Lord of the es­tate

Warwickshire Telegraph - - FRONT PAGE - By Lee Gib­son

ITH two-thirds of ex­ec­u­tive and large fam­ily cars sold across Europe be­ing es­tates it’s per­haps sur­pris­ing that Kia has not got around to mak­ing one be­fore.

Bet­ter late than never, though, and, with one eye firmly on fleet buy­ers, the up­wardly mo­bile Korean car-maker has plugged the gap in its range with the Optima Sportswagon.

The new load lug­ger ar­rived in the UK in Septem­ber with three trim lines echo­ing those of its sa­loon coun­ter­part – 2, 3 and the range-top­ping GT-Line S.

All ver­sions are, also like the sa­loon, pow­ered by Kia’s proven 1.7-litre tur­bod­iesel en­gine – although a sporty GT ver­sion is set to go on sale in early 2017 which will fea­ture a 2.0 litre petrol power pack.

While the choice of trim and pow­er­train may seem lim­ited com­pared to ri­vals like the Ford Mon­deo, Mazda6 and Vaux­hall In­signia es­tates, the Kia’s sharp looks, im­pres­sive equip­ment lev­els and keen pric­ing will en­sure it is com­pet­i­tive.

De­signed in Europe to be sold ex­clu­sively here the Optima Sportswagon’s sleek, rak­ish lines make it one of the best look­ing es­tate cars around – and the GT-Line S is even eas­ier on the eye thanks to be­spoke 18-inch al­loys and a sporty body kit which in­cludes a mus­cu­lar front end, side sills and twin chrome-tipped tailpipes. In­side, the range-top­per is dis­tin­guished from other models by its leather up­hol­stery with con­trast stitch­ing, a sim­i­larly trimmed rac­ing-style multi-func­tion steer­ing wheel and al­loy ped­als.

The good looks, though, don’t come at the ex­pense of the prac­ti­cal­ity that es­tate buy­ers are look­ing for.

Although head­room is im­pacted slightly by the tilt­ing and slid­ing panoramic sun­roof in this flag­ship ver­sion space is oth­er­wise good, with de­cent rear legroom and a 552-litre boot which in­cludes two un­der­floor stor­age com­part­ments.

Load ca­pac­ity rises to a whop­ping 1,686 litres with the 40:20:40 split rear seats folded down and lift­ing bulky or awk­ward items in and out is made eas­ier by the flat load lip.

Equip­ment lev­els are im­pres­sive, and this is where the Optima Sportswagon re­ally scores over sim­i­larly priced ri­vals.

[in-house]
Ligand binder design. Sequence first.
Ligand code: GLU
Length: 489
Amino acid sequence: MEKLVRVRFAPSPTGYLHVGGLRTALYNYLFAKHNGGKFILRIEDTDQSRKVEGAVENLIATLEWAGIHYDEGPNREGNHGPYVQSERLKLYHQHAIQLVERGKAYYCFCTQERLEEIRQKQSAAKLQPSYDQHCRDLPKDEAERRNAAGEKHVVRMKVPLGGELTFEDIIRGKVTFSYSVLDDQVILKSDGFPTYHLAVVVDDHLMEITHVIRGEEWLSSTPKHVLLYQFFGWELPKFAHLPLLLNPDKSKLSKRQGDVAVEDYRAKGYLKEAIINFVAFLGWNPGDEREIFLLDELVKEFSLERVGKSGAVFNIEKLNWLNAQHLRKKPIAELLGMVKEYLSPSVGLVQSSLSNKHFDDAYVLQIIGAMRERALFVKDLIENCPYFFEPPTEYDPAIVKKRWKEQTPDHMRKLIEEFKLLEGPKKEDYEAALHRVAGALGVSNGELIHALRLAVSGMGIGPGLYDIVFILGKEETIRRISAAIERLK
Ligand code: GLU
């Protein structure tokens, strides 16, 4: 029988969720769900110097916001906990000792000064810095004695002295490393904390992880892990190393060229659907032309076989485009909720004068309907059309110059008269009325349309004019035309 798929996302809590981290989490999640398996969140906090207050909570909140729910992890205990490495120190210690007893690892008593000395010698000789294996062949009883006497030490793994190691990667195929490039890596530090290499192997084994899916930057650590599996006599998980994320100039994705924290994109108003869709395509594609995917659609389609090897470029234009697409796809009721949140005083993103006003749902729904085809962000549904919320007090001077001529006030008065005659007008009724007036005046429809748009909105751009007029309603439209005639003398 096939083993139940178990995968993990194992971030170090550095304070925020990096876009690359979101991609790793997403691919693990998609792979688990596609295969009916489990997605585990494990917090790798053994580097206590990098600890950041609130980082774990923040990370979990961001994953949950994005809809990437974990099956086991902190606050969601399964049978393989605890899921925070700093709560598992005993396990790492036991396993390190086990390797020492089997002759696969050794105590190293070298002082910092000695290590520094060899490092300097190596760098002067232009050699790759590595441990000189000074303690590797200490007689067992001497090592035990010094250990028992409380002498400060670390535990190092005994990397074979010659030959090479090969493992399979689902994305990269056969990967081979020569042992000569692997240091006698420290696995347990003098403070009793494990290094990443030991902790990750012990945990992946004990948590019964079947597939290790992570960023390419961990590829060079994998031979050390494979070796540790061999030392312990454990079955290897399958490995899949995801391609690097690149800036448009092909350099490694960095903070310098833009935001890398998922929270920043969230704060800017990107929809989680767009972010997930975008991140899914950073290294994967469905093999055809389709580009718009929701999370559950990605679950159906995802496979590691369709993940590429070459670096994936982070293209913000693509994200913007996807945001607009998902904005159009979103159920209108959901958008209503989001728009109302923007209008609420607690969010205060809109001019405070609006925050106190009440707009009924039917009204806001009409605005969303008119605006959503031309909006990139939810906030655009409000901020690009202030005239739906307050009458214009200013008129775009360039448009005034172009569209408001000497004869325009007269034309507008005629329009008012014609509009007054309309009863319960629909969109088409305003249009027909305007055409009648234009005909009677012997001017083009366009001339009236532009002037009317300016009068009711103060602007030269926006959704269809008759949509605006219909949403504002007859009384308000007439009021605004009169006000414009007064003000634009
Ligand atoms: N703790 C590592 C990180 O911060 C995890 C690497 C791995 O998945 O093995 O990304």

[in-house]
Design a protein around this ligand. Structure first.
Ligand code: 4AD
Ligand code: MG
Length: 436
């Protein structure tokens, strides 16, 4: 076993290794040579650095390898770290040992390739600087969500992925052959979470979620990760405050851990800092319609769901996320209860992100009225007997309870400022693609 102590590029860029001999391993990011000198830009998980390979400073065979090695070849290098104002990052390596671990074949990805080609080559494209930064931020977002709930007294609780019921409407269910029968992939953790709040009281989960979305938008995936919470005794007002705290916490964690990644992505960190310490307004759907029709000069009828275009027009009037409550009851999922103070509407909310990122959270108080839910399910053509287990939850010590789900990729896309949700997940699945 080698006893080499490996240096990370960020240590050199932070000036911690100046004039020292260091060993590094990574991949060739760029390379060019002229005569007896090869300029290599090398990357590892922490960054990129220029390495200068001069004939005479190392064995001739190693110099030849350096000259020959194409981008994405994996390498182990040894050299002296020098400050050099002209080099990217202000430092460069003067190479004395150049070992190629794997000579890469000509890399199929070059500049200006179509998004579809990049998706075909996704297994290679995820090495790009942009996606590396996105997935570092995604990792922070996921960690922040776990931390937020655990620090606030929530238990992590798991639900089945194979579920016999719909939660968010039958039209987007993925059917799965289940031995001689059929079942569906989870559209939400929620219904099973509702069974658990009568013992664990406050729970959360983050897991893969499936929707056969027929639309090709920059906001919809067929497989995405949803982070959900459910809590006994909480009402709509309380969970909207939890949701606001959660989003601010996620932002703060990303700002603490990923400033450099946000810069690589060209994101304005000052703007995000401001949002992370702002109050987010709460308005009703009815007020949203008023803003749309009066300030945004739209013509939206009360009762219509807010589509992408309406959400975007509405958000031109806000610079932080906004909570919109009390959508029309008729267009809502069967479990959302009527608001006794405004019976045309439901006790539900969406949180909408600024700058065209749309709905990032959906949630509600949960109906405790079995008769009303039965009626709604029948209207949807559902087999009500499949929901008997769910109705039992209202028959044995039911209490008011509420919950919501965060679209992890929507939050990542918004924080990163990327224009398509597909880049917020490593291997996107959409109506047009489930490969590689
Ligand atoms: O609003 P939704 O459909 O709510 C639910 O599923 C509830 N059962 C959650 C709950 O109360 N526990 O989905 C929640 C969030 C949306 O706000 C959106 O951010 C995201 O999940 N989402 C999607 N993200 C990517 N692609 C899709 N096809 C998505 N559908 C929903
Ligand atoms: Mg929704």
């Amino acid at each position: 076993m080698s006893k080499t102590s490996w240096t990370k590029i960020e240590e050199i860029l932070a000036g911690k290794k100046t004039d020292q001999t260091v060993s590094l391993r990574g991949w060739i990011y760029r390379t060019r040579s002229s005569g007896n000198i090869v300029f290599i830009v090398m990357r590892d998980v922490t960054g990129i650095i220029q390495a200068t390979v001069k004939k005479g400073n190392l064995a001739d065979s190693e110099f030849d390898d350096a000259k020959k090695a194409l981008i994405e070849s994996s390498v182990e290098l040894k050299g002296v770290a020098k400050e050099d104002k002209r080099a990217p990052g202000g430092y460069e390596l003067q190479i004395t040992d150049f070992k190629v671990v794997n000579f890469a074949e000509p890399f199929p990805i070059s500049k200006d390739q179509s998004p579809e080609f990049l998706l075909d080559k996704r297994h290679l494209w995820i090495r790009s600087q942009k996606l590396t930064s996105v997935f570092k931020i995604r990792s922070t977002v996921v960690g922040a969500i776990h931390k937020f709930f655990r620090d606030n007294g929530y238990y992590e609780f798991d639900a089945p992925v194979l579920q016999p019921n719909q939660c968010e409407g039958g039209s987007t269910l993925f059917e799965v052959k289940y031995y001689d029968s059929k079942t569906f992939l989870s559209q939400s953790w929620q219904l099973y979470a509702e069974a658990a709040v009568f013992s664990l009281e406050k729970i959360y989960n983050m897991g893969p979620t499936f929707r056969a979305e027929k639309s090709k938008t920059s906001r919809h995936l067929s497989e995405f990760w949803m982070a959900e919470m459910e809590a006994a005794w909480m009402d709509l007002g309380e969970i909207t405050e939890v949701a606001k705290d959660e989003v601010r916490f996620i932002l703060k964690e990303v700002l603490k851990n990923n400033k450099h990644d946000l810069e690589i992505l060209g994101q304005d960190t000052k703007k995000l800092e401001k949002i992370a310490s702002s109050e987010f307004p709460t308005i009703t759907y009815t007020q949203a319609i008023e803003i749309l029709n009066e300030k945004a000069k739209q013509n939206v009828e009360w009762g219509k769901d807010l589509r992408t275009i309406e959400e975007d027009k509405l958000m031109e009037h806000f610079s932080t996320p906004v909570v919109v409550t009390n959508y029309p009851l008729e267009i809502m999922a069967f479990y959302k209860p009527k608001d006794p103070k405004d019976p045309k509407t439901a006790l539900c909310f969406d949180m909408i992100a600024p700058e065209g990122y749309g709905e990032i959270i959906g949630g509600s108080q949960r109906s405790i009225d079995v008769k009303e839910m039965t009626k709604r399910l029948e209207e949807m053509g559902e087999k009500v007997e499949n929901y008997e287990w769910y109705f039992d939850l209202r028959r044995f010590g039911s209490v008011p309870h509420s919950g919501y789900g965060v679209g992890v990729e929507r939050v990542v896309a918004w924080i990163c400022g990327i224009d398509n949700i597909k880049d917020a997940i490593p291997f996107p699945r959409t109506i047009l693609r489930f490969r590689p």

All models get sat­nav, re­vers­ing cam­era, Blue­tooth and USB con­nec­tiv­ity, dual-zone au­to­matic air con­di­tion­ing, cruise con­trol, heated fold­ing wing mir­rors, DAB ra­dio, elec­tronic sta­bil­ity con­trol and hill-start as­sist.

My top-spec model also had such niceties as an eight-way power ad­justable driver’s seat, heated and cooled front seats, rear pri­vacy glass, wire­less mo­bile phone charger, 360-de­gree around view mon­i­tor, park­ing as­sist and a raft of ex­tra safety aids.

The diesel power pack is vo­cal on start-up and un­der ac­cel­er­a­tion but soon qui­etens down and, with­out set­ting the pulse rac­ing, of­fers plenty of pep when it’s needed.

Some re­spon­sive and nim­ble han­dling, for such a size­able car, and good body con­trol in bends hints at a more ex­cit­ing drive when the GT ver­sion hits the roads.

The diesel, how­ever, is likely to re­main the pop­u­lar choice with the tar­get au­di­ence of busi­ness buy­ers be­cause of the low run­ning costs on of­fer. Paired ex­clu­sively with a seven-speed dou­ble clutch au­to­matic gear­box in GT-Line S trim it claims more than 61 miles per gal­lon on av­er­age and car­bon emis­sions of 120g/km.

On the open road, the Optima Sportswagon proves a com­fort­able cruiser – and that’s where most buy­ers are likely to spend much of their time driv­ing it.


The Kia Optima Sportswagon of­fers im­pres­sive equip­ment lev­els

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